I’ve read Miss Fury’s costume somehow took a psychic toll on her when she used its power. How was that established in the strip? Isn’t it unusual for a heroic character to experience this instant-karma as payment/sacrifice to their good deeds? The only equivalent that comes to mind is the Wiccan idea that every spell comes back to you threefold.

No no, you have it wrong! The panther skin was a gift from her uncle, a famous explorer, and it had belonged to a witch doctor and came with a curse on it for whoever wore it.

Interesting! Miss Fury has been brought back in new comics by Dynamite: Miss Fury, Masks, and Noir. My first impression, which is typical when faced with modern versions of ladies in catsuits, is why do they have to make her hyper-sexualized and physically exaggerated in a shiny tight suit? As Gloria Steinem wrote in an open letter to Miley Cyrus, it perpetuates sexual availability-as-power as the only game in town. That aside, do you think Miss Fury is holding up in the new books?

I completely agree with you! It breaks my heart to see what these gorillas have done to the wonderful Miss Fury. No, she is not “holding up” in these badly written and badly drawn new books, and my Miss Fury and the REAL Miss Fury will always be the original Tarpe Mills’ Miss Fury. Trina, what do you think male writers usually get wrong when they try to write strong heroines

It isn’t so much the writer as the artist. How can a woman be strong and in control when her back is broken or in real life the weight of her breasts would make her fall forward onto her face? And let’s not talk about running in high heels!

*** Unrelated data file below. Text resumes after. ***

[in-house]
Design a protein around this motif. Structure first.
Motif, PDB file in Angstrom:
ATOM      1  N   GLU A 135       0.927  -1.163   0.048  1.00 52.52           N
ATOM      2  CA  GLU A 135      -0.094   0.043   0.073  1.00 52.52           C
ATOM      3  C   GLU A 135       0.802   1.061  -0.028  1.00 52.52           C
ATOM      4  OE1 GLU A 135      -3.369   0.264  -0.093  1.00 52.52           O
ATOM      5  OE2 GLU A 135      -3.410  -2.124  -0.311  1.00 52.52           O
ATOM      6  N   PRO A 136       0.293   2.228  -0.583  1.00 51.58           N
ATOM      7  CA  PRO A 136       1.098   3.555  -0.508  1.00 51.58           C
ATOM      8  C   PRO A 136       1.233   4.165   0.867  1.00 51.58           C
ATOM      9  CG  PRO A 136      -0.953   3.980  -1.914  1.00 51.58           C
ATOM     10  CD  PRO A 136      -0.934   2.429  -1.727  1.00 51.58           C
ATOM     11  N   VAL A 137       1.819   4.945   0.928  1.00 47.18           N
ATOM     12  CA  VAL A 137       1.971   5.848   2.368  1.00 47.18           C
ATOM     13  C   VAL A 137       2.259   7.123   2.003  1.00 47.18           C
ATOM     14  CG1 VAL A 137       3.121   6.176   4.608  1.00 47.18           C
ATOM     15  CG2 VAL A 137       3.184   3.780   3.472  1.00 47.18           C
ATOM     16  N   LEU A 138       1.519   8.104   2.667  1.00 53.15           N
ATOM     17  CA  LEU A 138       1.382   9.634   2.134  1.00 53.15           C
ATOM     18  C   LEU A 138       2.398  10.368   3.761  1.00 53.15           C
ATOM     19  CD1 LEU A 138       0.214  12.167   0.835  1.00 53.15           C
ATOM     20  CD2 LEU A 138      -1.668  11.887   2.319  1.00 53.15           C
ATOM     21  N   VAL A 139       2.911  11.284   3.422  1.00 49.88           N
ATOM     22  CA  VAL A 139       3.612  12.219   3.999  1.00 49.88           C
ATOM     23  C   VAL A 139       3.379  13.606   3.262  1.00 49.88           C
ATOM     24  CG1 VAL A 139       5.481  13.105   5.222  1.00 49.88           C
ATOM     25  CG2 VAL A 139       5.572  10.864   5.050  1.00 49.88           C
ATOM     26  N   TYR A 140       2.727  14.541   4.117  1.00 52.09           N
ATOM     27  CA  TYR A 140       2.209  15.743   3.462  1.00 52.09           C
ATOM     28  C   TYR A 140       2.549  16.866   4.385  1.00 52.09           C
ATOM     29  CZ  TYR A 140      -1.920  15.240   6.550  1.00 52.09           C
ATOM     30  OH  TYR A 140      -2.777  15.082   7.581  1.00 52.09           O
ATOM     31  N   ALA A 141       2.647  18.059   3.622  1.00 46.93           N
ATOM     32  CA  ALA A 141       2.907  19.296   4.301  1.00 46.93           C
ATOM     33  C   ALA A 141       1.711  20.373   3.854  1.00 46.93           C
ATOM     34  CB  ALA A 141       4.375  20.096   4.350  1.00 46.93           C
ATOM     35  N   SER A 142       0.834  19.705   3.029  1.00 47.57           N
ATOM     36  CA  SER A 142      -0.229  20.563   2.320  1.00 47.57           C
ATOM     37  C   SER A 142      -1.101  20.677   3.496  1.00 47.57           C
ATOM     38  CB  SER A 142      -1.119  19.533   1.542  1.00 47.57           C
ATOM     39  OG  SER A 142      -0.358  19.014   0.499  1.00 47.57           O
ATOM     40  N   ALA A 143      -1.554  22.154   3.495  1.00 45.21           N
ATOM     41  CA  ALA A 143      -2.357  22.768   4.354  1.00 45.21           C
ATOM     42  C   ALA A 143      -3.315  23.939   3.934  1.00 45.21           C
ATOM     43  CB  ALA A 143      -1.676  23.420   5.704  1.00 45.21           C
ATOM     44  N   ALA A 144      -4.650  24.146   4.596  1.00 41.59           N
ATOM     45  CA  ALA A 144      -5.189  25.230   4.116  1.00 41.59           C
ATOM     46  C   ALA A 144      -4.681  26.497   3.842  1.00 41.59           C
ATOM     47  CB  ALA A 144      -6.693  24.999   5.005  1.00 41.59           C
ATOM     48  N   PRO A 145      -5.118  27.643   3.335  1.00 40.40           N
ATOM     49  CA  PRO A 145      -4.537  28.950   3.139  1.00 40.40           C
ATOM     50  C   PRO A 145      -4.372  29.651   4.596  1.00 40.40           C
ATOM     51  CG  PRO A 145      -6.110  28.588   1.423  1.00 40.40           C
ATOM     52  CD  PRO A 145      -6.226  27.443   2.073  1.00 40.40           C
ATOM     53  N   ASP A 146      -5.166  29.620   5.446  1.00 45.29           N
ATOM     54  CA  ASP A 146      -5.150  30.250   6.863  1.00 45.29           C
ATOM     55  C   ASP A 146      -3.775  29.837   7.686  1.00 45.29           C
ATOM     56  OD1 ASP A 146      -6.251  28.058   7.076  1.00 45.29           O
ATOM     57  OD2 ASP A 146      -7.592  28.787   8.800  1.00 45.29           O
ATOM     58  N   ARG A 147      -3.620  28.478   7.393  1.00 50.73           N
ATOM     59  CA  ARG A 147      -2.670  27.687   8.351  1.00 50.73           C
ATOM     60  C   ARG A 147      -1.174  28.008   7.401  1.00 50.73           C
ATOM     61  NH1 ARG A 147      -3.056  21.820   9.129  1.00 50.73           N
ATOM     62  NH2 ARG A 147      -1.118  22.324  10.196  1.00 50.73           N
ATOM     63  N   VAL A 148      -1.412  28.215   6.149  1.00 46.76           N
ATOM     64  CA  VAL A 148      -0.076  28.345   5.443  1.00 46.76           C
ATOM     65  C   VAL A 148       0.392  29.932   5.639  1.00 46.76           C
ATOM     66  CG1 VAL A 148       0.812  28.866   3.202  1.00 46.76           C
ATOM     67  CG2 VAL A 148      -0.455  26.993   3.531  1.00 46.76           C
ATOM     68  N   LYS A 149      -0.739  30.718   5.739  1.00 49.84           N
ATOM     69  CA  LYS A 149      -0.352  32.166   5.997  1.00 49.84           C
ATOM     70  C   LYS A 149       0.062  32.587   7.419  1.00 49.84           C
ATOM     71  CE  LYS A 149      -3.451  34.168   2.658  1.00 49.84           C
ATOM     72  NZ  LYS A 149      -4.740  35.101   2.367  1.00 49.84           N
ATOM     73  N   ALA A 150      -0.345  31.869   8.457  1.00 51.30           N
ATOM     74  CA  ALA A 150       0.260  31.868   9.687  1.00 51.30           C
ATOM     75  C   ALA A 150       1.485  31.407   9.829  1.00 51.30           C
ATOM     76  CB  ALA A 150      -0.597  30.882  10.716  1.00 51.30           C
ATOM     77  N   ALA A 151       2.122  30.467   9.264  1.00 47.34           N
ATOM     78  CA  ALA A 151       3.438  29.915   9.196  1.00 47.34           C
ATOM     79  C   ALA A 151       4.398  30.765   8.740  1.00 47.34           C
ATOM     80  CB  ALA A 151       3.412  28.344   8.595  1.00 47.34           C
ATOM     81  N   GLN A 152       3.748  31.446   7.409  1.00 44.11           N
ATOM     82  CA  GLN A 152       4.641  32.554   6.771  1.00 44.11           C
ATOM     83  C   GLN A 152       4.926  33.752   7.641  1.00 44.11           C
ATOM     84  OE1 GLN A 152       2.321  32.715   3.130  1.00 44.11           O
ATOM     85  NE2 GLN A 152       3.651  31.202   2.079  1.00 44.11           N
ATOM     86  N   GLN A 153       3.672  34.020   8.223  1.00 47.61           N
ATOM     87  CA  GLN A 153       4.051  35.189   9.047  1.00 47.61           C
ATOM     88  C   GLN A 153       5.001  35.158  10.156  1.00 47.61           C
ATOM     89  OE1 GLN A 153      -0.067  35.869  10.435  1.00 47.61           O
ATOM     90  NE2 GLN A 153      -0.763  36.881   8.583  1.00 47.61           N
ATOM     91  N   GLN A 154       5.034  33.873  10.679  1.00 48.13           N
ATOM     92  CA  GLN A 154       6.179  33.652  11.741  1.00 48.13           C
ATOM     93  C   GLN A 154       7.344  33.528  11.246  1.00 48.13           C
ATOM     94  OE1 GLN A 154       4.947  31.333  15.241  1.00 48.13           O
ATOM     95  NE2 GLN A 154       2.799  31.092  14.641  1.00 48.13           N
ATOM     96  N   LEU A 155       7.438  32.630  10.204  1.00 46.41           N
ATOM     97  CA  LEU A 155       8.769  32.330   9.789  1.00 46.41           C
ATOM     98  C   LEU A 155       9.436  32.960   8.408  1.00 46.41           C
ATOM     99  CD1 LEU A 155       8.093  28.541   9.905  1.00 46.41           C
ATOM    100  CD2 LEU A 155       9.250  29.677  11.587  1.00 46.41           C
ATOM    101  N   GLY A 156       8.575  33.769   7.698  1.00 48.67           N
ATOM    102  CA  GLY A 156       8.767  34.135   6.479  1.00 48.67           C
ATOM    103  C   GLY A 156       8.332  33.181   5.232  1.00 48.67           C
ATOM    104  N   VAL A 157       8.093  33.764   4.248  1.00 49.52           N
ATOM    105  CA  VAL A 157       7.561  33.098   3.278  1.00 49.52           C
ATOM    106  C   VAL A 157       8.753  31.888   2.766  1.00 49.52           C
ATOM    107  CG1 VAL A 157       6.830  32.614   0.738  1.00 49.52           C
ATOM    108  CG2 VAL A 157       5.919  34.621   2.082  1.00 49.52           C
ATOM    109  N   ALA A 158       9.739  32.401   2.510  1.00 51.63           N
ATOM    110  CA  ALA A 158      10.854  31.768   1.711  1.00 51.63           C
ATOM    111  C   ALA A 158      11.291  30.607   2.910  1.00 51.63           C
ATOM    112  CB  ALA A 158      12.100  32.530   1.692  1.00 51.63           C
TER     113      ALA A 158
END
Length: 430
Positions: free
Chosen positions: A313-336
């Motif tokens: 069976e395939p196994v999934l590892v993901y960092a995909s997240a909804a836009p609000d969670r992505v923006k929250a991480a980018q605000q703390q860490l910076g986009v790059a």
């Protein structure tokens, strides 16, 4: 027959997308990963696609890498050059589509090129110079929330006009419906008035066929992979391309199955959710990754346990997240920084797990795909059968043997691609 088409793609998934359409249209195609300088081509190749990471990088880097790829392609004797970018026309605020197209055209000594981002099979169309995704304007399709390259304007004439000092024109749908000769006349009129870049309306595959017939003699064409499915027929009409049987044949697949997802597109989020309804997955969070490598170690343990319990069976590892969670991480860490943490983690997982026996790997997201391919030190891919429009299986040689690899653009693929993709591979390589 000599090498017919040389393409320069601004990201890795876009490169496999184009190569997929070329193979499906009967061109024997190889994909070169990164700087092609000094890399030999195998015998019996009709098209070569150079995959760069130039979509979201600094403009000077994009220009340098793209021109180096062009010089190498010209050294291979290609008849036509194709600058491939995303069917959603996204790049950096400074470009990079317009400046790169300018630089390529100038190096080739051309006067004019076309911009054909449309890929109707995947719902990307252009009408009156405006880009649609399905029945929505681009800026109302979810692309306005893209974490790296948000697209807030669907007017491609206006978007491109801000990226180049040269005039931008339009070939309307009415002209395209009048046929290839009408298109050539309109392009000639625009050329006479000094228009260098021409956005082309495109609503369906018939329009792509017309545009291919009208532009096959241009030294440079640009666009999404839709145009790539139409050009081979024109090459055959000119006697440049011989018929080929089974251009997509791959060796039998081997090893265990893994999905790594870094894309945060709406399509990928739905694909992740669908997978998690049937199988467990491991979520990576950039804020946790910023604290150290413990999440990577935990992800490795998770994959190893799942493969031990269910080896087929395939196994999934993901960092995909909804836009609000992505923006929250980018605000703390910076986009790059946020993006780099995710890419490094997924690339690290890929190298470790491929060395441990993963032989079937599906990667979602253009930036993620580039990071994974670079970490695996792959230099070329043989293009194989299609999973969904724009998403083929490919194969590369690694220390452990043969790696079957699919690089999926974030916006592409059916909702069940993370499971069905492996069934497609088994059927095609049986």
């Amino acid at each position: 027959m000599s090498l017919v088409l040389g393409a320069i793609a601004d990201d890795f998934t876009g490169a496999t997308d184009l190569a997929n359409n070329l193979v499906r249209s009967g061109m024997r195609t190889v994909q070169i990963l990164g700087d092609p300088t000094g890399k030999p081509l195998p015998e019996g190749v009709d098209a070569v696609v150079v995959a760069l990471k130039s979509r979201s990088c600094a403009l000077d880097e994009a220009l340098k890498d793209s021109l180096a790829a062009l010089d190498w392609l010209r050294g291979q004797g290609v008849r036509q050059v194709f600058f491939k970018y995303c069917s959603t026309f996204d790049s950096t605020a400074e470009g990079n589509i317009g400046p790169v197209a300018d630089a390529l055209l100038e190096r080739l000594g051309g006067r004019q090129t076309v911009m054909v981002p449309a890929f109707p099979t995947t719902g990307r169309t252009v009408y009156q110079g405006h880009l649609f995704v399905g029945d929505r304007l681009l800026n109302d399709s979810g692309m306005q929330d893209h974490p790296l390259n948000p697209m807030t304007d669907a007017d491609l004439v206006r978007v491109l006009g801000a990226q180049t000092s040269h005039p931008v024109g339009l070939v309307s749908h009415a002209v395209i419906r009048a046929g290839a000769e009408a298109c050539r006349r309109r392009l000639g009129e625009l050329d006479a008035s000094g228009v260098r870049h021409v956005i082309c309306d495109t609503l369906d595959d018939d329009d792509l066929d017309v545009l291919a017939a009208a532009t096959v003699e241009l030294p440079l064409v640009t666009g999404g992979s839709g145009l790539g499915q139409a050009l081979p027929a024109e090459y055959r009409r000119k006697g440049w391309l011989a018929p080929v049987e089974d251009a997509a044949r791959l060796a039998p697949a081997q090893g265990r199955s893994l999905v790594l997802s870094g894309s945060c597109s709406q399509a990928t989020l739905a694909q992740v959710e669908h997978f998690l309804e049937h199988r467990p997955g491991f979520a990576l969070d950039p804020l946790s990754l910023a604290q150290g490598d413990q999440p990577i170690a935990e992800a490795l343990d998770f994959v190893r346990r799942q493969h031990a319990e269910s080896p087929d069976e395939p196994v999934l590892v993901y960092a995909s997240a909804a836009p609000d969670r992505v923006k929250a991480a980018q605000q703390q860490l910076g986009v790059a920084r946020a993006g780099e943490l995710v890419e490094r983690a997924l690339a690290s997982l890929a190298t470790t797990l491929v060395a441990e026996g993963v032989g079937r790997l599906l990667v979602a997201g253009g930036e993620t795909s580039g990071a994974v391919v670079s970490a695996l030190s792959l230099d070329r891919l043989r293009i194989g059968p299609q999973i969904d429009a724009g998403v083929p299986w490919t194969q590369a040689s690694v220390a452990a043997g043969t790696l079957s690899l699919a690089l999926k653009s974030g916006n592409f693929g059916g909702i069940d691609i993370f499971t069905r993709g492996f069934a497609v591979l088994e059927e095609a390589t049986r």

To illustrate our points, here is a collage I put together of some of the new Miss Fury comic covers. With apologies to some readers, these are quite grotesque. Dynamite produces many variant covers, not all as offensive as this, but the overall design and vibe is consistent. This is the image of an independent action heroine? It makes me sad for any boy or girl who sees these images of this heroine and has to struggle to reconcile the message being communicated. I guess I prefer my heroes and heroines to be role models. 

Another classic strip I look forward to reading is Phantom Lady. Her 'ray' seems like a cool gadget. What is the vibe of that comic? How does it compare to Miss Fury?

I like Phantom Lady, and Matt Baker could draw beautiful girls better than anybody!  The stories were simpler because they were only 6 to 8 pages long in comic book format, whereas Tarpe Mills had almost 10 years to develop her characters and her storyline.

Are there other detective or spy comics you would recommend with female leads?

Well, I’m particularly fond of the 1940s and 1950s Brenda Starr strips. She’s not a detective or a spy, but girl reporters can wind up in some harrowing situations! Brenda is forever having adventures, and she gets herself out of trouble most of the time.

Lois Lane has been described as more heroic than Superman because she dives into danger in pursuit of the truth, knowing she is mortal.

Lois has become a stronger character today, but in the early days of Superman, she was an annoying pain in the neck who always had to be rescued by Superman.

Trina contributed an appreciation to the Brenda Starr collection below by Hermes PressHermes has also published collections of The Phantom, Roy Rogers, Buck Rogers, Terry and Pirates, Johnny Hazard, and many Gold Key comic reprint editions.

I’ve heard that you were a big Sci-Fi fan as a kid. Were there ways to connect with other fans then? And did you ever “Cosplay” your favorite characters?

I had 2 best friends David, who was 14, and Marty who was 15. Just like with superhero comics, there weren’t yet many girls reading Sci-Fi. We used to hang out in David’s finished basement, making up stories and talking about books we had read. There was no cosplay yet!